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April 7, 2014

Bento Bako Weekly: My Neighbor Totoro: The Novel

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Written by: Drew
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My Neighbor Totoro: The Novel
Publisher: Viz Media
Written By: Tsugiko Kubo
Original Story and Art By: Hayao Miyazaki

In the world of comics and animation, plenty of times we think of one becoming another medium, from a manga becoming a film or a light novel becoming a TV series. However, there are a few cases of an original animated work actually becoming a novel last, like in the case of My Neighbor Totoro.

My Neighbor Totoro, for the somehow unanointed, was the ground breaking anime film from the mind of director Hayao Miyazaki, that when double billed with Isao Takahata’s Grave Of The Fireflies back in 1988, was actually not a box office success in Japan, partially due to it being double billed with Grave Of The Fireflies, pushing family audiences away from attending. However, the Totoro merchandise sold so incredibly well that soon both Studio Ghibli and Miyazaki were put on the map of destiny. Through television showings and international releases, world wide the popularity of Totoro grew and grew into the pillar of animated history it is today. One of the merchandise spin-offs from the film was the novel, adapted by Tsugiko Kubo.

The novel at its core holds the exact same frame work and story as the film. Eleven-year-old Satsuki and her sister Mei have moved into the country on recommendations from doctors to provide their mother a non-city environment once out of the hospital, as well as be a little closer to the hospital for the time being, as well. While exploring the spooky old house and its surroundings, they soon come face-to-face with a gigantic forest spirit named Totoro, and his helpers, two little Totoros and a Cat-Bus. Ultimately, their magical everyday adventures lead up to Mei going missing in the vastness of the countryside, and Satsuki relying on the help of these new friends to find her lost sister.

Kubo does a good job with balancing the source material and keeping fans happy. Fans of the film won’t find too much new information here, and there are very few changes. The biggest change from film to novel is that it is told through Satsuki’s point of view, and so certain scenes, like Mei’s first encounter with Totoro, are not part of the main narrative flow and are only relayed to us as Mei fill’s Satsuki in on the incident. As for new information, Kubo captures the one thing the film cannot: smell. What does a Totoro smell like? What about the surroundings, the area? Maybe it is not necessary information, but it does help paint the picture and let hardcore Totoro-fans imagine what the scents are. We also get a little bit more back story on the history and habits of Satsuki and Mei’s family.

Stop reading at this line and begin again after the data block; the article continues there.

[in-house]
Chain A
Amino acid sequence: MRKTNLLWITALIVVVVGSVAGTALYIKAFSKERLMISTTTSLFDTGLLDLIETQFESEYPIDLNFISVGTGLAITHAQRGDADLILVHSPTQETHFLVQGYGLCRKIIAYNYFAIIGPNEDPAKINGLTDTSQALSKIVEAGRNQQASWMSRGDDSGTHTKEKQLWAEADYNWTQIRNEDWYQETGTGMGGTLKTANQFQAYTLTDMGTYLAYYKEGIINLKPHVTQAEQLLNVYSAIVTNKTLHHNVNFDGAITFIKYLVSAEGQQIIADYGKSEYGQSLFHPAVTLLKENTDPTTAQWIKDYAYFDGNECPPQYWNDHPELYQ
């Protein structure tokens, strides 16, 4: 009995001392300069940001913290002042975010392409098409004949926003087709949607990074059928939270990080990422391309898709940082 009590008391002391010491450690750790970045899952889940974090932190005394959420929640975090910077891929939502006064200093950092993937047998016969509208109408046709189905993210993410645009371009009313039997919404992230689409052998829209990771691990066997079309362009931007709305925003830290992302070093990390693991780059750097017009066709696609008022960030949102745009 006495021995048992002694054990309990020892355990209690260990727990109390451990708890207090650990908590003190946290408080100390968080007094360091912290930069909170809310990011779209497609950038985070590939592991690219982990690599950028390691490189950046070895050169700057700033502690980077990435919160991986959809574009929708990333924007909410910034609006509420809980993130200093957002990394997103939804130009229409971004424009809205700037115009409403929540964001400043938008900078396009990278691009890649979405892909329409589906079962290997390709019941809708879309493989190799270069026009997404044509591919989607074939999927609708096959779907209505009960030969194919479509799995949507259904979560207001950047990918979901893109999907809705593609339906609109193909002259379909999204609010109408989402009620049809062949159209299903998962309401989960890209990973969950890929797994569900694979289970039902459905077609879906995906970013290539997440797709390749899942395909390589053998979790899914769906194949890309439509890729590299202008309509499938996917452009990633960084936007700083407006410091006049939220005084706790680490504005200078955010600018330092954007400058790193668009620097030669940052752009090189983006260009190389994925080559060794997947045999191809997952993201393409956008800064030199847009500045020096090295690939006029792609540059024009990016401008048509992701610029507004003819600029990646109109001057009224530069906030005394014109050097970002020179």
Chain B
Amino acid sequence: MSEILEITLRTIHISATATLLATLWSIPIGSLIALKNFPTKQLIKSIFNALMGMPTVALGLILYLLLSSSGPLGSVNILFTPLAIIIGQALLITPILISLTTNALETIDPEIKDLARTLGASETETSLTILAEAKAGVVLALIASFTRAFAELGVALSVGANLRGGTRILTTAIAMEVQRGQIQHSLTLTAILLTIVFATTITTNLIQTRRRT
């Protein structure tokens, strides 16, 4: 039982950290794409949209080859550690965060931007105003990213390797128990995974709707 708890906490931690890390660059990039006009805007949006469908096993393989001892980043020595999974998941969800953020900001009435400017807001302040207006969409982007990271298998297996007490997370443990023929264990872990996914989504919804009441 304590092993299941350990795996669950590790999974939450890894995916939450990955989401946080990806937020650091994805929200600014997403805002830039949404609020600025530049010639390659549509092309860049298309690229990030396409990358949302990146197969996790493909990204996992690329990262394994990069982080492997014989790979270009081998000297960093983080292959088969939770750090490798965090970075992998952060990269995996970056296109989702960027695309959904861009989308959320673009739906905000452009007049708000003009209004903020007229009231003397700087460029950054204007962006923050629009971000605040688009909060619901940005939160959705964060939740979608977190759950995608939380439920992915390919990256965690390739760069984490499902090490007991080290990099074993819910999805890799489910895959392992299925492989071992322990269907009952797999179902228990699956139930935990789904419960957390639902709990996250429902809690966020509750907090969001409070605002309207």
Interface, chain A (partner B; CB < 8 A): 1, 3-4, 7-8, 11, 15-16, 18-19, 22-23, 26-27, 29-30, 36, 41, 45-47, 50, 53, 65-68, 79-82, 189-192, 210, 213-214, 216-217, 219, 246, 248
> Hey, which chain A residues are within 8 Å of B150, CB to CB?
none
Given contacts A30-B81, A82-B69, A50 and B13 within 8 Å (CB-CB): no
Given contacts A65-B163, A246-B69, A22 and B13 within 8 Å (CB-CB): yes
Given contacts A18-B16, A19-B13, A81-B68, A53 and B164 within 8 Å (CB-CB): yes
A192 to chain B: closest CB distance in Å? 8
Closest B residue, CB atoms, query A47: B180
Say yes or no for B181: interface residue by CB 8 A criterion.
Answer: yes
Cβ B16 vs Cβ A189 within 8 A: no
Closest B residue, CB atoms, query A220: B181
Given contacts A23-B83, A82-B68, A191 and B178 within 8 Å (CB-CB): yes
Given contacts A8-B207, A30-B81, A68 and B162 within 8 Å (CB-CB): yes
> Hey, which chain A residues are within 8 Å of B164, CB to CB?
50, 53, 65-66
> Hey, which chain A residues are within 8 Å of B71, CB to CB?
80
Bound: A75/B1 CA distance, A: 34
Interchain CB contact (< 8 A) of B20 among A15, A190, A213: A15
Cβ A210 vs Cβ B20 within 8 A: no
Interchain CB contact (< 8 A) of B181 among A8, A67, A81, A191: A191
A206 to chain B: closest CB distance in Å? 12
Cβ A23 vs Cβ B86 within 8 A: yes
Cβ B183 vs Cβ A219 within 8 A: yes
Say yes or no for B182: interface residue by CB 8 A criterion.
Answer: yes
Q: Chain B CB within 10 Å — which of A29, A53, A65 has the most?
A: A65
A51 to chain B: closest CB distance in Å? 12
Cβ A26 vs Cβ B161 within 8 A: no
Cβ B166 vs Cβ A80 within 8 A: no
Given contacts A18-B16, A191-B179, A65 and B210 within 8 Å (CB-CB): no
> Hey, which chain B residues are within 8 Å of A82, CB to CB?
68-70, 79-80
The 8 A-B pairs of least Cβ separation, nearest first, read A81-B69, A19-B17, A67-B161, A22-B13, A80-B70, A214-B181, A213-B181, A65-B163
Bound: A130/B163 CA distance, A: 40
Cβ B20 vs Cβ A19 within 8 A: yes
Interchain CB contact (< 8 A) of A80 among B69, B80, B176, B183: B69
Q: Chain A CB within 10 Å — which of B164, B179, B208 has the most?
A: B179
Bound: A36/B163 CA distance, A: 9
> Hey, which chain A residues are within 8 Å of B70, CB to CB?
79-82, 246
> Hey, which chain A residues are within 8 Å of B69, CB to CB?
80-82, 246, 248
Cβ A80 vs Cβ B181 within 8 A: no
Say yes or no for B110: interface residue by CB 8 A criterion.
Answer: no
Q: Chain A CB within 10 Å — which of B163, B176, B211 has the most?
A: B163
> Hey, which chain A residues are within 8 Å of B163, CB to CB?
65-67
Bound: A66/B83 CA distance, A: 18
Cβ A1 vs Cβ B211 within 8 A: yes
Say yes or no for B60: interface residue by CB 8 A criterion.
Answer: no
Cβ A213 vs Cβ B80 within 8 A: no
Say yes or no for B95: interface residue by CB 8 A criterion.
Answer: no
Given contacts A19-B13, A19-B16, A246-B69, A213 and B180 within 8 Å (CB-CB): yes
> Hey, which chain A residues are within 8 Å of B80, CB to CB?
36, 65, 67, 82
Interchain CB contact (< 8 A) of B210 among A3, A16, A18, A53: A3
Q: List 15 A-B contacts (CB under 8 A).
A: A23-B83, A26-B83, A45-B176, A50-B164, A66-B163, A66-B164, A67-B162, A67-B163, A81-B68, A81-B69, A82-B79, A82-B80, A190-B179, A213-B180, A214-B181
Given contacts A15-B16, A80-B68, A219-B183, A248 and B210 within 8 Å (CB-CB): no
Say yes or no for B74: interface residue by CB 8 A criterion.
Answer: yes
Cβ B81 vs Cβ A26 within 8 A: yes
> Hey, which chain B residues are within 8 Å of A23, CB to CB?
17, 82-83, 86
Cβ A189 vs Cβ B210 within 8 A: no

The only complaint about the novel is that the translation itself seems a little too literal. Now, I cannot place that totally on translator Jim Hubbert, there could be several reasons for this, primarily Japanese being a little bit more literal of a language than English. Also, places where Hubbert may have spruced it up may have been rejected by Ghibli itself. You hear industry stories all the time here over the Japanese companies overriding the American translation choices these days. No matter where the fault lies, it’s there and there are a few moments where the semi-redundancy may grind a few gears.

My Neighbor Totoro: The Novel feels very much full circle, though from an animation historian perspective. Miyazaki’s early works were all based off preexisting manga or novels, first directing episodes of Lupin III and the film The Castle of Cagliostro that are based off the manga by Monkey Punch, then his first full TV series Future Boy Conan being based off Alexander Key’s The Incredible Tide. Even Nausicaa Of The Valley Of the Wind is based off his own manga he was creating first before animating. To then reach My Neighbor Totoro as a completely originally conceived animated feature and have it converted by someone else into text form feels like fate for him.

My Neighbor Totoro: The Novel is out now in print from Viz Media, recommended for Ghibli fans and youngsters.

[Editor’s note: I read it too, but passed it on to Drew as he’s much better with works aimed at younger readers than I am. I enjoyed it, especially the lovely imagery, but ultimately didn’t get much out of it. I think it’s perfect for a 6-14 age range.]

Drew McCabe



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